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The improved spinning jenny that was used in textile mills
Model of the spinning jenny in a museum in Wuppertal, Germany
The spinning jenny is a multi-spool spinning wheel. It was invented c. 1764 by James Hargreaves in Stanhill, near Blackburnmarker, Lancashiremarker in the northwest of Englandmarker. The device dramatically reduced the amount of work needed to produce yarn, with a single worker able to work eight or more spools at once. A word 'ginny' or 'jenny' is an early abbreviation of the word 'engine', simply referring to a machine or device.


The idea was developed as a metal frame with eight wooden spindles at one end. A set of eight rovings were attached to a beam on that frame. The rovings when extended passed through two horizontal bars of wood that could be clasped together. These bars could be drawn along the top of the frame by the spinners left hand thus extending the thread. The spinner used his right hand to rapidly turn a wheel which caused all the spindles to revolve, and the thread to be spun. When the bars were returned the thread wound onto the spindle. A pressing wire (faller) was used to guide the threads onto the right place on the spindle.


The carriage was placed at the end of its run closest to the spindles. The spinner (tenter) stood in front of the frame. The rovings were drawn through the cloves (clasp bars of the carriage) and attached to the spindles. The tenter lowered the bottom bar of the carriage, and the carriage drawn to a mark thus pulling out a quantity of rove, known as the draw. The lower bar was raised, clamping the rove and the wheel was turned, turning the spindles while at the same time the carriage was pulled further. This attenuated and twisted the rove. The carriage stopped but the wheel was turned a little further to give extra twist.The carriage was slightly backed and a faller wire lowered onto the threads. As the wheel was slowly turned, the carriage returned to its starting position and the thread was gentle wound onto the spindles. The spinner was responsible for operating the wheel and the carriage, and used his judgement as to the amount of extra twist needed and where the faller wire should be located.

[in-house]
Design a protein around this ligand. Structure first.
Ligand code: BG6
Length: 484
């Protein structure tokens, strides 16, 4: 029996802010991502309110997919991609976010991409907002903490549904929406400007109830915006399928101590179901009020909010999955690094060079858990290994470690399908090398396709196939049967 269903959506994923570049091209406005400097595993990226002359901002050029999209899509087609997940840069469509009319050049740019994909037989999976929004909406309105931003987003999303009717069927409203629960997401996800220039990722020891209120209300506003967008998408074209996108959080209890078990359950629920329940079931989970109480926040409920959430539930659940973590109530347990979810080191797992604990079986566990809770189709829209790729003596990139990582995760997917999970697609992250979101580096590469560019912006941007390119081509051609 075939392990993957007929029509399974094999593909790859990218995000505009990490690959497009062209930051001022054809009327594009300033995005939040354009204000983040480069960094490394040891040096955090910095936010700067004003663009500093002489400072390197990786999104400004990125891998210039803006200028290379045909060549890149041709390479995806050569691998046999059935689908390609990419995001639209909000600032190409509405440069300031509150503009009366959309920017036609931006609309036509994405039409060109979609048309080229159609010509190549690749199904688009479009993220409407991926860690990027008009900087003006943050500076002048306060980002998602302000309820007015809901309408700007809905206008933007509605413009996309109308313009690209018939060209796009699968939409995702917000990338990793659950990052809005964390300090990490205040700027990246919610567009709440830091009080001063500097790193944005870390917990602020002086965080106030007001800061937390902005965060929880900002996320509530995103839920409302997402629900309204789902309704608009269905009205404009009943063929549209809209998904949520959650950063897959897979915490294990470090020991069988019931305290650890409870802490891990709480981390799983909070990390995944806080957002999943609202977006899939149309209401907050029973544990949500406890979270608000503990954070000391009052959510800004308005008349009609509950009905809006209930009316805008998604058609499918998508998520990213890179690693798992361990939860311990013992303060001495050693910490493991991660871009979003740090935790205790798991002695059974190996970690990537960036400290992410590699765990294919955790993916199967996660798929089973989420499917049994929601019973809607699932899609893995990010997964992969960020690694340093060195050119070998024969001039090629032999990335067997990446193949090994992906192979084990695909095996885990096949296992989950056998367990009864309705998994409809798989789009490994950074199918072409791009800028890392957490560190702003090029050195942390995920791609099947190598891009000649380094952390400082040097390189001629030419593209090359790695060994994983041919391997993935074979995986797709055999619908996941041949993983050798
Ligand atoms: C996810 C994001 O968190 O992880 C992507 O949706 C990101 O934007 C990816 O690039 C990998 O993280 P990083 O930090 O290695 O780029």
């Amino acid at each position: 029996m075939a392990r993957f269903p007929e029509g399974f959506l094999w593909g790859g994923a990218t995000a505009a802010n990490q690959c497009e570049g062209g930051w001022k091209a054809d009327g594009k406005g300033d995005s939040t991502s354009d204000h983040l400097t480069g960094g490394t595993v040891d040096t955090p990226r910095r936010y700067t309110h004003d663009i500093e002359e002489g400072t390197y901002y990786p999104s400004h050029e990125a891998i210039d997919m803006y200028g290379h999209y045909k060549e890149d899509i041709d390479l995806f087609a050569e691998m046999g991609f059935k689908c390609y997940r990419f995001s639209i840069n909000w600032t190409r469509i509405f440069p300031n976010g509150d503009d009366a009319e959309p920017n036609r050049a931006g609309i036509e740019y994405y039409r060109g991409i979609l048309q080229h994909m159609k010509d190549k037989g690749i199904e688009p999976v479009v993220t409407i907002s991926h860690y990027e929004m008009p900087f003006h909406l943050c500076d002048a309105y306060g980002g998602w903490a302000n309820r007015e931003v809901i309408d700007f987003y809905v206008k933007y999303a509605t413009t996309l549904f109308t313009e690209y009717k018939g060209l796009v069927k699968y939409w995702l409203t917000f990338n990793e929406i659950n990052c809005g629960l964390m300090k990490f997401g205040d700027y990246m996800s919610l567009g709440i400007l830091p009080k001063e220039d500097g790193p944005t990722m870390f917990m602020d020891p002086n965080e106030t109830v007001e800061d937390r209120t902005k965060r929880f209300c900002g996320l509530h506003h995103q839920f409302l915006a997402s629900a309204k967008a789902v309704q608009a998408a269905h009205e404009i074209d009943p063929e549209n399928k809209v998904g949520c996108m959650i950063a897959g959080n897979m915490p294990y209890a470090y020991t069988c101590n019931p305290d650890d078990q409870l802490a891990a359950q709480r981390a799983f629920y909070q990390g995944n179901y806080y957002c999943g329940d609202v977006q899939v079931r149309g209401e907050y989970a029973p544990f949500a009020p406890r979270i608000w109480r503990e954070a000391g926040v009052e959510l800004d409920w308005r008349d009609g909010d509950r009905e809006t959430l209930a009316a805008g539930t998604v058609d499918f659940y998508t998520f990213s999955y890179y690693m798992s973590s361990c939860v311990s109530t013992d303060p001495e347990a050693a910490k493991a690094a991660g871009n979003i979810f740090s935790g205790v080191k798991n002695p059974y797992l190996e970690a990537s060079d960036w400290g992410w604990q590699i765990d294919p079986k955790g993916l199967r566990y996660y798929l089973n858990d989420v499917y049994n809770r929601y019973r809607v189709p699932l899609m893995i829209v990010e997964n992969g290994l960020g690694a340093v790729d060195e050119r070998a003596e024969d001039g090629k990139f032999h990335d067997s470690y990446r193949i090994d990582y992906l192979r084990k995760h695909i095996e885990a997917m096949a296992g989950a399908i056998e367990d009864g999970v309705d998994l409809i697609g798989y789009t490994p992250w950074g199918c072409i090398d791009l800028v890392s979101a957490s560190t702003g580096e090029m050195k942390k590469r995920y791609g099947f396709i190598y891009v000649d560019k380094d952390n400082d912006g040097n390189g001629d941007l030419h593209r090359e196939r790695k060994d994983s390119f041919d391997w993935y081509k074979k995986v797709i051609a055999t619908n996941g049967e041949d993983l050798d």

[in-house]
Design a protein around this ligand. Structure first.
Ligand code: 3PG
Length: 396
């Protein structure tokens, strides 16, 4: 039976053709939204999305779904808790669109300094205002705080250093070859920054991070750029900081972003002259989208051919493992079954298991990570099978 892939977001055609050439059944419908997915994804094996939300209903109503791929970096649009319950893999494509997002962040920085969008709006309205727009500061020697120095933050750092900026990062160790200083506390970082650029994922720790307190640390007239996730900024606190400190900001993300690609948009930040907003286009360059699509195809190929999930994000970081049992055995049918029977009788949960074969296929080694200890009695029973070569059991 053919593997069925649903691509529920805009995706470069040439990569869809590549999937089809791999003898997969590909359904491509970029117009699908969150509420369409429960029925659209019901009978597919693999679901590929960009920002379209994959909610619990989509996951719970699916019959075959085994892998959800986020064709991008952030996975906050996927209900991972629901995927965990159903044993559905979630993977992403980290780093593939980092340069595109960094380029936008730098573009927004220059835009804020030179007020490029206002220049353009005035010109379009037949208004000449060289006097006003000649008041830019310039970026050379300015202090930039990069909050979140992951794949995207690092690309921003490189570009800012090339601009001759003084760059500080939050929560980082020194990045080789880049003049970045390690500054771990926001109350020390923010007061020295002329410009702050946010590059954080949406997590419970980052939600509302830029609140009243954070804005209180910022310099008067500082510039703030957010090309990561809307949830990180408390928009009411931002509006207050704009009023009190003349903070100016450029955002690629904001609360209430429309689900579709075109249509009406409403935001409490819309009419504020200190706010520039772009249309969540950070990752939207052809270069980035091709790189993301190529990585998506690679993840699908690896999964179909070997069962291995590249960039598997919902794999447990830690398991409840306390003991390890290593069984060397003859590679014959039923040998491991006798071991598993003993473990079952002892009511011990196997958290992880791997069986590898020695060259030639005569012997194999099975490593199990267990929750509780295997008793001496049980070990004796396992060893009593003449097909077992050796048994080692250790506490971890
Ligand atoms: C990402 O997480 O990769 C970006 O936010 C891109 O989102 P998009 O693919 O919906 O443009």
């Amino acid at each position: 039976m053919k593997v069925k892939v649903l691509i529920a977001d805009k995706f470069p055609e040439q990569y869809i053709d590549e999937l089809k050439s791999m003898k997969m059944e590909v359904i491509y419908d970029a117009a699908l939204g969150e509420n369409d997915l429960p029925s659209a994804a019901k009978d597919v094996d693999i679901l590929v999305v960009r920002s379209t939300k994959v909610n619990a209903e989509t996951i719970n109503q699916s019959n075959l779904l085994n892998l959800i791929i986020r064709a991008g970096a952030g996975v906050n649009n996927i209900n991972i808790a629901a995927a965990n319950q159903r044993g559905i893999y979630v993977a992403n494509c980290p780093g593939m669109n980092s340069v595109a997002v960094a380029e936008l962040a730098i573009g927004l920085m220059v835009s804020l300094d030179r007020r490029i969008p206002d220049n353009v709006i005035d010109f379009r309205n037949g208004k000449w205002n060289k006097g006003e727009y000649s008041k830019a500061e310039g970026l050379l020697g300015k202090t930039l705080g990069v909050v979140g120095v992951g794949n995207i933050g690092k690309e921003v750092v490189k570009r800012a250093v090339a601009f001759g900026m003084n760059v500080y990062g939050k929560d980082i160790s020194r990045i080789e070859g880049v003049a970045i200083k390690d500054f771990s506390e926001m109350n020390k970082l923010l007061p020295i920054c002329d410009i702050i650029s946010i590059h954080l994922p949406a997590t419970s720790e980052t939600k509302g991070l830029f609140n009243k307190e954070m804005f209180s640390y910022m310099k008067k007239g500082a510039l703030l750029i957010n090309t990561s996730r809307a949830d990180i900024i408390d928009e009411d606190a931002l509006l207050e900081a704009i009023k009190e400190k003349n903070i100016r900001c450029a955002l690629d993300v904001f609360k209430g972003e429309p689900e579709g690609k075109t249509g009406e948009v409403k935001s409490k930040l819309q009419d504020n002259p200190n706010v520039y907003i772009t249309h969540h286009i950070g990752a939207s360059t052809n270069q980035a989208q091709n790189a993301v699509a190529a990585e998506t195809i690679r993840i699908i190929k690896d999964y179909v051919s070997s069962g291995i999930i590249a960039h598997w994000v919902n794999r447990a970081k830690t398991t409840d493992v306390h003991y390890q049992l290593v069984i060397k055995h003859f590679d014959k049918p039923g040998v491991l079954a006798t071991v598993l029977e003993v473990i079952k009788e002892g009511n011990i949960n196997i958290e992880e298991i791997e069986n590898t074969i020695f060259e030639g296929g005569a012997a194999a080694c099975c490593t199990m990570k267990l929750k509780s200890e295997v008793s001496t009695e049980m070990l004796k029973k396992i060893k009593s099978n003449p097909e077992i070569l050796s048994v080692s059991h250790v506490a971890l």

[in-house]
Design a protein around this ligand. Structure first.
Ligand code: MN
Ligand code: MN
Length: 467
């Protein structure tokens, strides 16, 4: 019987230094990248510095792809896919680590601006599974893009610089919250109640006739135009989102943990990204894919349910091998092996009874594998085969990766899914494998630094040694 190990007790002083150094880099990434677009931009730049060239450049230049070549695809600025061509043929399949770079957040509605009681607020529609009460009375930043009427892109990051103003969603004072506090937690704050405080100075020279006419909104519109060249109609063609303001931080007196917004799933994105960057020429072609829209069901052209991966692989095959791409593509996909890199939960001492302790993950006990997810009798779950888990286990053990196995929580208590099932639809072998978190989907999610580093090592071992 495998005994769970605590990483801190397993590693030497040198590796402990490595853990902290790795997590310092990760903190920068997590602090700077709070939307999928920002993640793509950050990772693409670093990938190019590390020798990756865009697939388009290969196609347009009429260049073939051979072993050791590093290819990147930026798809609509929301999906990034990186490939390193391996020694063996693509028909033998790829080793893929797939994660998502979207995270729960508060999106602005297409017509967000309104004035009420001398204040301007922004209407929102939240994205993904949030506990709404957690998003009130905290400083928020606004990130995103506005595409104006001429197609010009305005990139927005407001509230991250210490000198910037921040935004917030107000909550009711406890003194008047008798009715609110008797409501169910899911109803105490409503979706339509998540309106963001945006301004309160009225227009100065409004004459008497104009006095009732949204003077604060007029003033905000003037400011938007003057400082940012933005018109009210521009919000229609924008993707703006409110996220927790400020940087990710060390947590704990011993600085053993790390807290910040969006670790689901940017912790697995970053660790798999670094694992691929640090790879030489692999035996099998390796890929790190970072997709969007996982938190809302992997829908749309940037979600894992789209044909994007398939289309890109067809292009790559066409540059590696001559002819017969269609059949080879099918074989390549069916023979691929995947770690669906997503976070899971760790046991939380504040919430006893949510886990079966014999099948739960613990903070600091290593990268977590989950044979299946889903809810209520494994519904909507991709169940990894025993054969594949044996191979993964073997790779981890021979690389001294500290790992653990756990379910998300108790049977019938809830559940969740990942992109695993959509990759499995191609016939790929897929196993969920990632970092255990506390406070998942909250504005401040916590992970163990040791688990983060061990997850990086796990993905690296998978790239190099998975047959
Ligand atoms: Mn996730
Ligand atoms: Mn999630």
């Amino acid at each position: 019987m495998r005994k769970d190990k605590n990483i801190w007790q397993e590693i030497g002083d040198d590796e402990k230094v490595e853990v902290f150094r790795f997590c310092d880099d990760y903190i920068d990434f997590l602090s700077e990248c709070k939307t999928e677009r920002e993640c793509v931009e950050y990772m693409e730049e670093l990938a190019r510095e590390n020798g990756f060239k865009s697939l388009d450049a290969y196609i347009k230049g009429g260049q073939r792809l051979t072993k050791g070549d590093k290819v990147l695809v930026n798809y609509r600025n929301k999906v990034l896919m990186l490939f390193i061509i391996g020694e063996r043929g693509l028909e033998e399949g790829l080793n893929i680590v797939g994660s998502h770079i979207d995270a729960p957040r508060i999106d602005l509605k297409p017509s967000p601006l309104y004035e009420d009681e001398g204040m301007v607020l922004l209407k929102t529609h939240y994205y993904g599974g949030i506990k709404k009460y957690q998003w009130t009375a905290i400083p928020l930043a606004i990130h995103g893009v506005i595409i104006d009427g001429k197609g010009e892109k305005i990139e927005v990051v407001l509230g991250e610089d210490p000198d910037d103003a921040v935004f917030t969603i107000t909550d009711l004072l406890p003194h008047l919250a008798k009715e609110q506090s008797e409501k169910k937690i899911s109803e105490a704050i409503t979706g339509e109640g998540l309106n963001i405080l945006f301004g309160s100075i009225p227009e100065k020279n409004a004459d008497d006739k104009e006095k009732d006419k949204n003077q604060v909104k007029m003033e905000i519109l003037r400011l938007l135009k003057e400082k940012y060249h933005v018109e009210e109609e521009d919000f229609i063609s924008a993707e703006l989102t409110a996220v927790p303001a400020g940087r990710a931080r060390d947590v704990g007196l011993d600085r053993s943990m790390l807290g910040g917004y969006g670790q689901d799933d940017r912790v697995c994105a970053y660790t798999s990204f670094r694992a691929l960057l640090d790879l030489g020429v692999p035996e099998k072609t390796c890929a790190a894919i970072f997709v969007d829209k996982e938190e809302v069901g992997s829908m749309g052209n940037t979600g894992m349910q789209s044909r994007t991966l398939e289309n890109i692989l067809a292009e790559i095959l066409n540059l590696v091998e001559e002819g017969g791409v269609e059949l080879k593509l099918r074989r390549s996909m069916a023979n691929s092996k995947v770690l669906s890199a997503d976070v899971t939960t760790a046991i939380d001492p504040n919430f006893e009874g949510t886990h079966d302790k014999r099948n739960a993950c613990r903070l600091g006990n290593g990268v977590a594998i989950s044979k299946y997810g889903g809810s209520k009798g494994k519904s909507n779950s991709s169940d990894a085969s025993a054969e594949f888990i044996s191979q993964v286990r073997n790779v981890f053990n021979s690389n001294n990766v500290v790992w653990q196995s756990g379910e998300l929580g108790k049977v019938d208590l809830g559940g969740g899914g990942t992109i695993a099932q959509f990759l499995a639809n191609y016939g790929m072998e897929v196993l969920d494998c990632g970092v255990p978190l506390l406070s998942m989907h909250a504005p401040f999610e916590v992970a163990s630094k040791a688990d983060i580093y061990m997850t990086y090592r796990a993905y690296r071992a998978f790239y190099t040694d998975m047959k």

James Hargreaves invented the Spinning Jenny. He was born in Oswaldtwistlemarker, near Blackburn, around 1720.

At the time cotton production could not keep up with demand, and Hargreaves spent some time considering how to improve the process. The flying shuttle had increased yarn demand by the weavers by doubling their productivity, and now the spinning jenny could supply that demand by increasing the spinners' productivity even more. The machine produced coarse yarn.


Hargreaves kept the machine secret for some time, but he produced a number for his own growing industry. The price of yarn fell, angering the large spinning community in Blackburn. Eventually they broke into his house and smashed his machines, forcing him to flee to Nottingham in 1768. There he set up shop producing jennies in secret for one Mr. Shipley, with the assistance of a joiner named James.

Eventually Hargreaves applied for a patent on the jenny in July 1770. By this time a number of spinners in Lancashire were already using copies of the machine, and Hargreaves sent notice that he was taking legal action against them. The manufacturers met, and offered Hargreaves £3000. He at first demanded £7000, and at last stood out for £4000, but the case eventually fell apart when it was learned he had already sold several in the past.

Hargreaves died on April 22, 1778.

The spinning jenny was a huge success due to the fact that it could hold more than one ball of yarn, therefore making more clothing materials in a shorter amount of time while reducing the overall cost.

The spinning jenny was superseded by the Spinning Mule, and was adapted for the process of slubbing being the basis of the Slubbing Billy

The myth

The most common story told about the invention of the device is that his daughter, Jenny, knocked over one of their own spinning wheels. The device kept working as normal, with the spindle now pointed upright. Hargreaves realized there was no particular reason the spindles had to be horizontal, as they always had been, and he could place them vertically in a row.The name is variously said to derive from this tale. The Registers of Church Kirk show that Hargreaves had several daughters, but none named Jenny (neither was his wife).

Thomas Highs of Leigh has also claimed to be the inventor and the story is repeated using his wife's name.

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